Germany to decide fate of e-scooters [The Guardian]
Already present in 20 cities in 10 countries across Europe (including the streets of Brussels), the e-scooter wave is about to wash over Germany. The country’s upper house of parliament is voting today on whether electric scooters should be allowed on the roads. The public debate has been intense with Germany’s cyclist association and car driver representatives reportedly being less than enthusiastic about the idea. But it seems that German politicians do not want to look like “killjoys” and resist the introduction of this hip new form of transport.
San Francisco launches assault on facial recognition [New York Times]
San Francisco, seen by many as the heart of the tech world, has banned the use of facial recognition software by police and other agencies. The city council believes it has a huge responsibility to regulate the extremes of technology because many of the world’s leading tech companies call the city home. Critics have been quick to point out that rather than focusing on bans, the city should find ways to write policies that acknowledge possible useful benefits of the technology. In the US Congress, a bill was introduced to ban users of commercial applications from collecting and sharing data with the intent of identifying or tracking consumers without their consent. Will GDPR be enough to protect our faces or is a new regulatory battle looming?
Cloudy weather for 5G [Forbes]
In the middle of the US-China trade spat, 5G could spell further problems and it’s all because of frequencies. Many of the frequencies that are being auctioned off for 5G are very close to those used by some weather-observing satellites to measure water vapor, temperature, clouds, and precipitation. This data is used to predict how weather systems will develop so an overlap of frequencies might reduce the accuracy of weather forecasts. From spectrum overlap to health and security concerns, we are forecasting a challenge in the world of 5G.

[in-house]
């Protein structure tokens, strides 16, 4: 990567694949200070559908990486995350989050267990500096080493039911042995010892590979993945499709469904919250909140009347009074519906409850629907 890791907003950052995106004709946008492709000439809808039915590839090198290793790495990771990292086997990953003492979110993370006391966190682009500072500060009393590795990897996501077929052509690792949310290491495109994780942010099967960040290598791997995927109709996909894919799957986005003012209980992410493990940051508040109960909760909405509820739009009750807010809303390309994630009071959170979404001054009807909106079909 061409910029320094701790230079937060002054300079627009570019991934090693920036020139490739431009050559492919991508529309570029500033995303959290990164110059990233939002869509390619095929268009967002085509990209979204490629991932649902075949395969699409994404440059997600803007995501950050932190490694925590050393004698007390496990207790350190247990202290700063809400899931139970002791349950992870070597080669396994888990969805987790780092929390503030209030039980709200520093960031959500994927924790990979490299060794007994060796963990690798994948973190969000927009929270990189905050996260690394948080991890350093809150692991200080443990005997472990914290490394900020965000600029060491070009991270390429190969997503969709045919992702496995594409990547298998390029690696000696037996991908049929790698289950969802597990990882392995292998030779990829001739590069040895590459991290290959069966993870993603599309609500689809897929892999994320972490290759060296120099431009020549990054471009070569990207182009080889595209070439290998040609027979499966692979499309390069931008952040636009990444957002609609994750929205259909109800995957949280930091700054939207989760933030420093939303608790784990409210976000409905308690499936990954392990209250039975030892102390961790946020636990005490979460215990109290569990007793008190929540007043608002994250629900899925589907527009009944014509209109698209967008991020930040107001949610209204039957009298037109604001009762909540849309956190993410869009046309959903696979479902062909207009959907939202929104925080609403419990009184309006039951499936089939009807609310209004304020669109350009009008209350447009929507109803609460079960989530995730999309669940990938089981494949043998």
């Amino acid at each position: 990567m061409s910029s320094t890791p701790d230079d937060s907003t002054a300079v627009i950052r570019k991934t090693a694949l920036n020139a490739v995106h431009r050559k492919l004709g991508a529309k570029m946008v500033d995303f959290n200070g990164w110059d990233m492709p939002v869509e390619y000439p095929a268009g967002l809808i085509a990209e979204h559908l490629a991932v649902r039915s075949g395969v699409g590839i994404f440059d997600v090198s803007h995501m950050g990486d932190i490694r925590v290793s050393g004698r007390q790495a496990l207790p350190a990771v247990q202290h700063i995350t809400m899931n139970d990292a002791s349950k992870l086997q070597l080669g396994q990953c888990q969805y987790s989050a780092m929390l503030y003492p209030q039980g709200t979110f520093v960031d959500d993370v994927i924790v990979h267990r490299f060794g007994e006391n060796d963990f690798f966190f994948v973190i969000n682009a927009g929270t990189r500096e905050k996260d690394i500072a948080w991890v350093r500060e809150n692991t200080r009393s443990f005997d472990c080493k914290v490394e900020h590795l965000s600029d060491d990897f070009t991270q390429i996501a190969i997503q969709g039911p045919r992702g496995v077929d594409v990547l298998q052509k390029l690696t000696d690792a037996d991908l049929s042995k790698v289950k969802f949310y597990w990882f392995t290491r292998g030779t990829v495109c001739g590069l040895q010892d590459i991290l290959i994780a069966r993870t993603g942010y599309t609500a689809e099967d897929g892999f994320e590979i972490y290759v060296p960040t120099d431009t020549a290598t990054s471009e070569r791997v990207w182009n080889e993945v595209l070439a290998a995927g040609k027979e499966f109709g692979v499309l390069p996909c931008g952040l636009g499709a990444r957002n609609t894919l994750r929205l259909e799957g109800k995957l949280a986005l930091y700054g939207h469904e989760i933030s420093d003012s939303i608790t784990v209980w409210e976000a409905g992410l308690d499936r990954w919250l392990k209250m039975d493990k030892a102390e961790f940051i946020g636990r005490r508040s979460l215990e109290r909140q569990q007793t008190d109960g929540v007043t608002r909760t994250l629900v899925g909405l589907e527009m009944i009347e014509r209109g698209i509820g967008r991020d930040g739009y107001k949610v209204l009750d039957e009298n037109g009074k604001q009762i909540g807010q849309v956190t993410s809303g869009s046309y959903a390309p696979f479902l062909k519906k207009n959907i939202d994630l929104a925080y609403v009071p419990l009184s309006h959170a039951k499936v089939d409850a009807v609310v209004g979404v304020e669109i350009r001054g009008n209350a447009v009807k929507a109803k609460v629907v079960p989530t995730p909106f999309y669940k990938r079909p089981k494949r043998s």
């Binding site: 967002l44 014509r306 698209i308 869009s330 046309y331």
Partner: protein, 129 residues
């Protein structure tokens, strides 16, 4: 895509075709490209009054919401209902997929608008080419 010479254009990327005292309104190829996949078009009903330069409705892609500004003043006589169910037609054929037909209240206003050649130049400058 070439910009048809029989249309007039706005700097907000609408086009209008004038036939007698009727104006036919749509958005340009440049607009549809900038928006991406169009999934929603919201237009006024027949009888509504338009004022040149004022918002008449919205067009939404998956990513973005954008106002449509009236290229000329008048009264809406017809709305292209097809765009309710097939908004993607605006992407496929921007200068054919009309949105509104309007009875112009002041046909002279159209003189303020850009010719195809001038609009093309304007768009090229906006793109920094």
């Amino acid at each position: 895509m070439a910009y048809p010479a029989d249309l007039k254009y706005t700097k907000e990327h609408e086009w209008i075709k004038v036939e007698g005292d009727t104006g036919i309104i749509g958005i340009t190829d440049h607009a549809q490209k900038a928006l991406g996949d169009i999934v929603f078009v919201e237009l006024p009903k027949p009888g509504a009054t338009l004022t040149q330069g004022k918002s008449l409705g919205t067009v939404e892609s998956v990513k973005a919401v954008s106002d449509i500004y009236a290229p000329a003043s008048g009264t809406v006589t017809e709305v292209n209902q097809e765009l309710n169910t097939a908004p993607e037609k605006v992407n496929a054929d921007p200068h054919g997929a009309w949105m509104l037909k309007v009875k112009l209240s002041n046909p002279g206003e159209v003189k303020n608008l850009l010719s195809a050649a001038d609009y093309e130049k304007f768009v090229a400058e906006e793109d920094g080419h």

Baby start-ups and millennial moms [Forbes]
Millennials, who became adults in a world where apps and tech make their lives easier, are moving towards a big life-challenge: becoming parents. It’s no surprise that the industry for tech-savvy new moms and dads is booming! Venture capitalists are pumping money in tech start-ups geared towards new parents. From Peanut, a Tinder for new moms to connect for baby walks, to Willow, a wireless breast pump, tech start-ups are gunning for a piece of the 46-billion-dollar parenting market. As future moms and dads want to ‘have it all’ after having a baby, this is another industry that has huge potential for digitalization, creating new markets and proving once again there is no such thing as a ‘tech sector’ anymore.
In case you haven’t had enough…
What happens when you always wear headphones [The Atlantic]
Emmanuel Macron takes a closer look at Facebook [Bloomberg]
The odd fascination of the YouTube beauty wars [New Yorker]